It depends on the vulnerability scope. If it's over HECI (virtual PCI device between host OS and ME) then removing the network cable won't save you from local malware owning the ME via HECI.

> But then again the moment you plug internet back in you're done.

Well considering how few people ever update the firmware of their devices, it's unlikely a majority of computers would ever be patched against an ME vulnerability anyway.

Starting with ME12 Intel is going to start checking the ME firmware version number in the ME's silicon (read-only) boot ROM to prevent firmware downgrade attacks. [1] This version number is stored in single use eFuses which can only be incremented, and are during an ME update.

But it depends on your threat model. As stated in the PDF, there are only 3 known exploits against the ME, and only one results in unsigned code execution. Until someone weaponizes such an exploit, which at the moment it seems physical access is needed, then Intel x86 owners are safe.

If your adversary is a three letter agency or nation state attacker, then you've got bigger concerns than someone hacking your ME (starting with, say, your OS).

[1] https://github.com/corna/me_cleaner/issues/111#issuecomment-...

> Use non-x86 platforms such as an ARM based Chromebook

Careful there. Microsoft has been slipping PC bits into their Windows Arm systems because Windows is so hopelessly tied to the PC platform that they had to PCify their Arm with EFI, ACPI and other PC legacy junk. Just be sure your Arm does not have any of this anti-consumer crap and you should be good to go.

How is ACPI anti-consumer?

an x86 with the ME partially disabled (coreboot or similar, but it's not a 100% guarantee)

Or even x86 before it had ME at all, which means anything before ~Core 2 or so. AFAIK the Thinkpad x60 is one of those.

I removed Intel ME from my Thinkpad x230 last weekend. I highly recommend this machine. Still quite powerful, very serviceable, upgradeable, Linux friendly and cheap (you can get one in good condition for ~$150 USD in USA).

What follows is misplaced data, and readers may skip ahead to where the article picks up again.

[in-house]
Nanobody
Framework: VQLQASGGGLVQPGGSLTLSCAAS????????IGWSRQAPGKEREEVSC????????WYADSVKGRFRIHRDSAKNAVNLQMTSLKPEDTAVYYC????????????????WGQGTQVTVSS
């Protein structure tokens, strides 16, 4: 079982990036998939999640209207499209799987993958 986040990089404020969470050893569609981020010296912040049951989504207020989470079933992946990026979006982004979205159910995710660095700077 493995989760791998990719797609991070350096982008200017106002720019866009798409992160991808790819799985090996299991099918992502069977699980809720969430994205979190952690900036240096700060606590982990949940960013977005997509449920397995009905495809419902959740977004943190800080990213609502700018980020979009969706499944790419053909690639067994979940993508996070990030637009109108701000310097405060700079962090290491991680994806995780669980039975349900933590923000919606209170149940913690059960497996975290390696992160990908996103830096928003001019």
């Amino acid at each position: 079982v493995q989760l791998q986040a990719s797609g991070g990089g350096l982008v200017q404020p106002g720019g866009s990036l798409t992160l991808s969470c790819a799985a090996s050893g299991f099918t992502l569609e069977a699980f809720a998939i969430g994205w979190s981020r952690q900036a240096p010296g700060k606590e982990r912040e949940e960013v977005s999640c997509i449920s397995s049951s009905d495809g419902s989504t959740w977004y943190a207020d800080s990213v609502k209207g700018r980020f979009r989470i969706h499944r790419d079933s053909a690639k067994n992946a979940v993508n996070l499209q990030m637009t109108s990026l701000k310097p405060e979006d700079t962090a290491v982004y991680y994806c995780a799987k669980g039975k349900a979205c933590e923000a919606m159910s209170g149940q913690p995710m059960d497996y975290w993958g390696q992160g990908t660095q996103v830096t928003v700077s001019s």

I used the following guide (very easy to follow): https://steemit.com/tutorial/@joeyd/run-don-t-walk-from-the-...

EDIT: You can also get a laptop with Intel ME disabled. As far as I know you can get a modern laptop without ME from System76, Purism. For a while Dell offered such machines, but that might no longer be the case.

An ordinary person can buy a PC with it disabled. Dell has started offering to disable the management engine for $30. Choose "Intel vPro - ME Inoperable, Custom Order" when ordering.

It's not possible to disable ME completely. See : https://twitter.com/rootkovska/status/939058475933544448

I think people are mostly worried about the persistent, highly privileged processes that it starts (especially the remote-access features when they don't need them).

The initialization stuff (in the BUP module) are necessary and AFAIK, nobody is suggesting that be removed.

The me-cleaner is getting more and more bugfixes over time. For the average person simply sanitizing a firmware image to disable the ME will be enough. The question is more at what point are you confident you won't brick the system doing it.

I have not done any research recently in the success rate of ME cleaner, but it isn't that low, it usually works to the best of my knowledge, and once we have good documented statistics saying "this works most of the time" it becomes more feasible for those not directly involved in its development to start using it more proactively to get rid of this vulnerability.

The irony is that AFAIK the ME cleaner itself depends on exploiting some vulnerability in ME in order to disable it... so it may get more difficult in the long term.

The good news on that front is most board manufacturers abandon updates after a year or two. My ASUS mobo right now was released in 2013 and saw its last firmware update in late 2014. With the exception of the most modern boards, you can generally assume there will be no more updates for your hardware after a year or so.

As far as I know it's not exploiting vulnerabilities, just the fact that it won't mind if most modules are not present.

Now a days, a computer not really off if it has power connected to it.

The talk was kind of disappointing honestly